One pretty interesting thing about this new David Lynch movie is the fact that he's distributing the movie entirely on his own, with no help from a major or an independent distributor. He's been moving towards this for a while- his company has been releasing short films and his early works on DVD through his website- but I think it says a lot about why he makes movies in a way that is applicable to my struggle against the word 'pretentious'.
There are two basic views of movies: one holds that movies are a form of art and the other holds that they are an entertainment medium. For some reason, people have trouble seeing eye-to-eye on this issue. The 'art' people tend to see mainstream blockbusters as banal and unchallenging, and the 'entertainment' people see more personal and impressionistic films as being 'pretentious' and 'self-indulgent'. However, if you see movies as entertainment, you're not looking to be 'challenged' by something like Finding Nemo, and if you see films as art, you expect a film-maker like David Lynch to be 'indulging' his own artistic inclinations.
For me, I absolutely love Finding Nemo, and I absolutely love Eraserhead; but for very different reasons. Finding Nemo is an expertly-crafted work of entertainment that succeeds in being funny, exciting, heartwarming, and all of the other things that I look for in entertainment films. Eraserhead is a film that challenged how I understood movies. The first time that I saw it, I hated it, frankly. But, a month later, I was having nightmares about its deeply disturbing images. So, I re-watched it, and realized how much the imagery, and even the structure of the film works on a subconcscious level in imitation of nightmares. I have no idea how David Lynch found this stuff in his own subconscious and brought it into the light; but I appreciate the film in a very different way than I do a work of entertainment.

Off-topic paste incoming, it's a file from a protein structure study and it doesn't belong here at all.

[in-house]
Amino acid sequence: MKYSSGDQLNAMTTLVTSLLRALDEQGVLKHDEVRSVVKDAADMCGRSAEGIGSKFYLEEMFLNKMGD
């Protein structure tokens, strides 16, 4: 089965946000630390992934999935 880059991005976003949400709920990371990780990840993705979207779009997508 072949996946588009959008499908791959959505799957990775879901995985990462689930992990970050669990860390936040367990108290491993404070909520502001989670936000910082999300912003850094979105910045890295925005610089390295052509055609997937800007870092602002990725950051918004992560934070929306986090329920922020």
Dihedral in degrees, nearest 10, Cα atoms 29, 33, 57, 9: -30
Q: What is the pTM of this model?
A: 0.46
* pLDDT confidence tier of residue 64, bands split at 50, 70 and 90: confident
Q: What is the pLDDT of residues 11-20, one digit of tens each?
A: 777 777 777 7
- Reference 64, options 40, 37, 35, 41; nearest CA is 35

So, Eraserhead isn't exactly entertaining, and it's definitely not heartwarming! And Finding Nemo isn't intellectually and artistically challenging. But, they're both fantastic movies. And I think the 'art' camp and the 'entertainment' camp could learn to broaden their horizons a bit. There are so many great cultural productions out there, and one of the things I love about writers like Dargis or Roger Ebert is that they take films on their own terms. This is a skill.
As for the word 'self-indulgent', it just doesn't hold up in the case of films that weren't really made solely for the entertainment of the audience- to get the most butts in the seats as they say. And the word 'pretentious' doesn't work at all for David Lynch- his vision is not a pretense and it's not in imitation of anyone else. It's singular. For me, the ideal "David Lynch scene" takes place in a very beautiful and banal environment and, during the scene we discover that something is very horribly wrong. And when I see scenes like that in movies now, I think: "Wow, this is just like David Lynch". But, he's one of our great artists because of his singularity and fanatical devotion to his own obsessions, and for that, he should command our respect.